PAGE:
Presidential primary season is in full swing at the moment, with a crowded field of candidates from both parties struggling to distinguish themselves from the pack. There’s not too much to say about all of that from a pop-culture junkie’s perspective (at least until former Law & Order star Fred Thompson hits the hustings), except for one crucial question: Who’s got the most rock-star cred? In recent weeks, it’s seemed like Illinois Sen. Barack Obama (pictured) has the most musical supporters, at least, as former Ruff Ryders rapper Jin and a mysterious reggaeton troupe called Amigos de Obama have both released online singles supporting him. So how do their tunes stack up?
The untitled reggaeton number is fine, as far as it goes. Nice piano hook, solid beat… and that’s about it, over and over again for three minutes or so. The lyrics are mostly in Spanish, so I can’t speak to their content, but they sound pretty basic — "Como se dice? Como se llama? Obama! Obama!" — and the anonymous vocalist with the monotonous flow ain’t exactly the next Don Omar. All in all, it plays like an undercooked caricature of the genre. Current reggaeton is full of inventive electronic textures and snappy, varied rhythms; too bad these guys didn’t bother using any of those.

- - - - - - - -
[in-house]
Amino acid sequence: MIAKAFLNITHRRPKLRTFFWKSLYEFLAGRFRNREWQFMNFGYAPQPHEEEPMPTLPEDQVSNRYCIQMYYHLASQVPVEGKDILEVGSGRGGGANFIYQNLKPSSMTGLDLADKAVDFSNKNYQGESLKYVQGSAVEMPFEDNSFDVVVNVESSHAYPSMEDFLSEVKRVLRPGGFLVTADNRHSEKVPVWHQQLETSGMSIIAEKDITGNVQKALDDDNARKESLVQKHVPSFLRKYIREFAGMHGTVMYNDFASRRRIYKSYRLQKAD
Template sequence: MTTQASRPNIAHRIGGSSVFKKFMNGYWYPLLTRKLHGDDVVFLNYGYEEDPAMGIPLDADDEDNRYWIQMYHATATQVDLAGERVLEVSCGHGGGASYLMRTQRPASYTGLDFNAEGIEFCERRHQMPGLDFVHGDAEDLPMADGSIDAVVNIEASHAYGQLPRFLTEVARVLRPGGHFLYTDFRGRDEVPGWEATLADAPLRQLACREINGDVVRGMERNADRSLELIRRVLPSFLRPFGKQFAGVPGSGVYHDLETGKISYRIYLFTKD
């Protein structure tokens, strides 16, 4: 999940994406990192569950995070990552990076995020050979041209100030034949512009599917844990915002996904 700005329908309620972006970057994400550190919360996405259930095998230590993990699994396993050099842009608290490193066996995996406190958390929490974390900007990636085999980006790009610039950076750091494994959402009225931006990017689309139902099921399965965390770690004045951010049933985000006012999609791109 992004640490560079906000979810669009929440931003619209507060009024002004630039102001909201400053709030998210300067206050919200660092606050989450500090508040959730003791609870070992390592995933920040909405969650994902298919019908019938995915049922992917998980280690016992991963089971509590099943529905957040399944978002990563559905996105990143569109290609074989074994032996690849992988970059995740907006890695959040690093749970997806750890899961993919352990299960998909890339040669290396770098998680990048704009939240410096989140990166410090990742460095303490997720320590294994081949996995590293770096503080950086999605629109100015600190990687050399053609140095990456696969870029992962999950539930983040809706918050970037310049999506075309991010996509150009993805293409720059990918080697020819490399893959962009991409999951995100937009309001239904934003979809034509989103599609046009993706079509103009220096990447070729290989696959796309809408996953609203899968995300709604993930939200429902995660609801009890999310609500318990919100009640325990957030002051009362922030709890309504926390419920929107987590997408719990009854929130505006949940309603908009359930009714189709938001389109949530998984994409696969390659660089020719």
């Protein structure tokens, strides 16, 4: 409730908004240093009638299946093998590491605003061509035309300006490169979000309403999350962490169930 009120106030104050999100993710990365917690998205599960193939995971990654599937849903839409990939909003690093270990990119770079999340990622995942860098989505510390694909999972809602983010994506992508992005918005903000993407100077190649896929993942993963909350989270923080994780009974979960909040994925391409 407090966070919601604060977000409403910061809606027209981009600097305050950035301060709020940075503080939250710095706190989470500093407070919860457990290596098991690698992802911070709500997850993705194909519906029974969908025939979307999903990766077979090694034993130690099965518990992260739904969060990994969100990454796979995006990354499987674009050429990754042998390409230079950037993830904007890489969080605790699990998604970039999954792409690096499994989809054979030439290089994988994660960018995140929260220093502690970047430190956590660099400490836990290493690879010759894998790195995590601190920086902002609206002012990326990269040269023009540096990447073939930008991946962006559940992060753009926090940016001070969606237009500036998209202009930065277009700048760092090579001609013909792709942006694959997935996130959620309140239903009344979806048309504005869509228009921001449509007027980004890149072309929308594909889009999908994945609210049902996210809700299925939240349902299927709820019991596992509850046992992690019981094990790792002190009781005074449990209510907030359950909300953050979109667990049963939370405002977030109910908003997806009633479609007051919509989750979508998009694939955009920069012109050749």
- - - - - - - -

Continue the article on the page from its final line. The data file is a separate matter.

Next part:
Jin’s "Open Letter 2 Obama"comes with a lot more potential. For one thing, Jin’s not some nobody:He’s a pretty talented guy who once released a fairly well-receivedalbum, ABC, whose lyrics were exclusively in Cantonese. Andhe’s been semi-officially embraced by Obama HQ, who added him as theirtop friend on MySpace when he released his song. "Their campaign istaking a risk [associating with hip-hop]," Jin told MTV News."They could easily not recognize me at all. Easily. ‘Cause it’s a bigliability." That’s a fair point given the current spate of rap-bashingin the media. Unfortunately, the real liability of his "Open Letter"isn’t the fact that it’s a hip-hop song — it’s that the song inquestion is thoroughly wack. "The world’s watchin’ him/After the JackAbramoff scandal, he vowed to clean up Washington," Jin awkwardlyrhymes. Later, he voices his opinion that "God’s son is voting forBarack." That’s either a disingenuous attempt to bring religion intothe race or a shameless attempt to speak for an infinitely more talented rapper, and I’m not sure which option is more off-putting.
Thankfully, Chicago emcee Common has provided a brief respite fromthe mini-epidemic of mediocre pro-Obama songs: Midway through hisexcellent new Kanye West-produced single, "The People,"Com slips in the line, "My raps ignite the people like Obama." Indeedthey do — and if Common ever recorded a full song in tribute to thesenator, it just might turn the election in his favor. Until then,Obama might as well be on his own.
What’s your take, PopWatchers? Have I missed any other artistswho’ve recorded songs in support of a candidate? Which dream act do youwish would enter the musical-endorsement field?